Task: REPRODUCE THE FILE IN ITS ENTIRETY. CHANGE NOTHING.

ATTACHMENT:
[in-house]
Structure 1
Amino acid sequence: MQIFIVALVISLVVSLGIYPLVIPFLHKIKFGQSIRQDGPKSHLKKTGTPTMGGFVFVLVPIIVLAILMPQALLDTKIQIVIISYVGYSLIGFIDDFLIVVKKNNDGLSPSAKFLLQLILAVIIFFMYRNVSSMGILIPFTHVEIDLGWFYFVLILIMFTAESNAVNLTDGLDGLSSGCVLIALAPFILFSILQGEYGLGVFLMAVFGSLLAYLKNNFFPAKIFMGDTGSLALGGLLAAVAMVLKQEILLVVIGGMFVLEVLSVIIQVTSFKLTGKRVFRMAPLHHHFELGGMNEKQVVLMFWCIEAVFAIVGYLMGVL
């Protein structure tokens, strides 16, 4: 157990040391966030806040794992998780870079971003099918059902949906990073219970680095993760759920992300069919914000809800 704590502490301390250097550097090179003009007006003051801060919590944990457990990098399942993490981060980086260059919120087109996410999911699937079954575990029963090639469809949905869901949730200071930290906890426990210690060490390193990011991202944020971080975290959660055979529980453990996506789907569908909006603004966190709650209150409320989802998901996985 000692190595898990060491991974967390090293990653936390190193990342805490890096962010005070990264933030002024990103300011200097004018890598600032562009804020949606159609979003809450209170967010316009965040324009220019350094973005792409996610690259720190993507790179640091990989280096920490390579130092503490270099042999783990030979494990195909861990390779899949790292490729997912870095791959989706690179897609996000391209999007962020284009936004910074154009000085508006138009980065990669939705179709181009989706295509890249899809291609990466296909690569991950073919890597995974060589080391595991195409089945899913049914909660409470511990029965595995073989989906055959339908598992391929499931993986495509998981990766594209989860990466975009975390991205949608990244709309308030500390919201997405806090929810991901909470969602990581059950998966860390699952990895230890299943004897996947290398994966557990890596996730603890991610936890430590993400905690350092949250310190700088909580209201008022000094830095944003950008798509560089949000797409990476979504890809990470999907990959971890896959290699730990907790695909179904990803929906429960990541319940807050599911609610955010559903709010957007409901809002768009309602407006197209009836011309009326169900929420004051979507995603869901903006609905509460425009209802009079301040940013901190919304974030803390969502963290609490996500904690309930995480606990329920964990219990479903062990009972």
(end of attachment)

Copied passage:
[in-house]
Structure 1
Amino acid sequence: MQIFIVALVISLVVSLGIYPLVIPFLHKIKFGQSIRQDGPKSHLKKTGTPTMGGFVFVLVPIIVLAILMPQALLDTKIQIVIISYVGYSLIGFIDDFLIVVKKNNDGLSPSAKFLLQLILAVIIFFMYRNVSSMGILIPFTHVEIDLGWFYFVLILIMFTAESNAVNLTDGLDGLSSGCVLIALAPFILFSILQGEYGLGVFLMAVFGSLLAYLKNNFFPAKIFMGDTGSLALGGLLAAVAMVLKQEILLVVIGGMFVLEVLSVIIQVTSFKLTGKRVFRMAPLHHHFELGGMNEKQVVLMFWCIEAVFAIVGYLMGVL
């Protein structure tokens, strides 16, 4: 157990040391966030806040794992998780870079971003099918059902949906990073219970680095993760759920992300069919914000809800 704590502490301390250097550097090179003009007006003051801060919590944990457990990098399942993490981060980086260059919120087109996410999911699937079954575990029963090639469809949905869901949730200071930290906890426990210690060490390193990011991202944020971080975290959660055979529980453990996506789907569908909006603004966190709650209150409320989802998901996985 000692190595898990060491991974967390090293990653936390190193990342805490890096962010005070990264933030002024990103300011200097004018890598600032562009804020949606159609979003809450209170967010316009965040324009220019350094973005792409996610690259720190993507790179640091990989280096920490390579130092503490270099042999783990030979494990195909861990390779899949790292490729997912870095791959989706690179897609996000391209999007962020284009936004910074154009000085508006138009980065990669939705179709181009989706295509890249899809291609990466296909690569991950073919890597995974060589080391595991195409089945899913049914909660409470511990029965595995073989989906055959339908598992391929499931993986495509998981990766594209989860990466975009975390991205949608990244709309308030500390919201997405806090929810991901909470969602990581059950998966860390699952990895230890299943004897996947290398994966557990890596996730603890991610936890430590993400905690350092949250310190700088909580209201008022000094830095944003950008798509560089949000797409990476979504890809990470999907990959971890896959290699730990907790695909179904990803929906429960990541319940807050599911609610955010559903709010957007409901809002768009309602407006197209009836011309009326169900929420004051979507995603869901903006609905509460425009209802009079301040940013901190919304974030803390969502963290609490996500904690309930995480606990329920964990219990479903062990009972």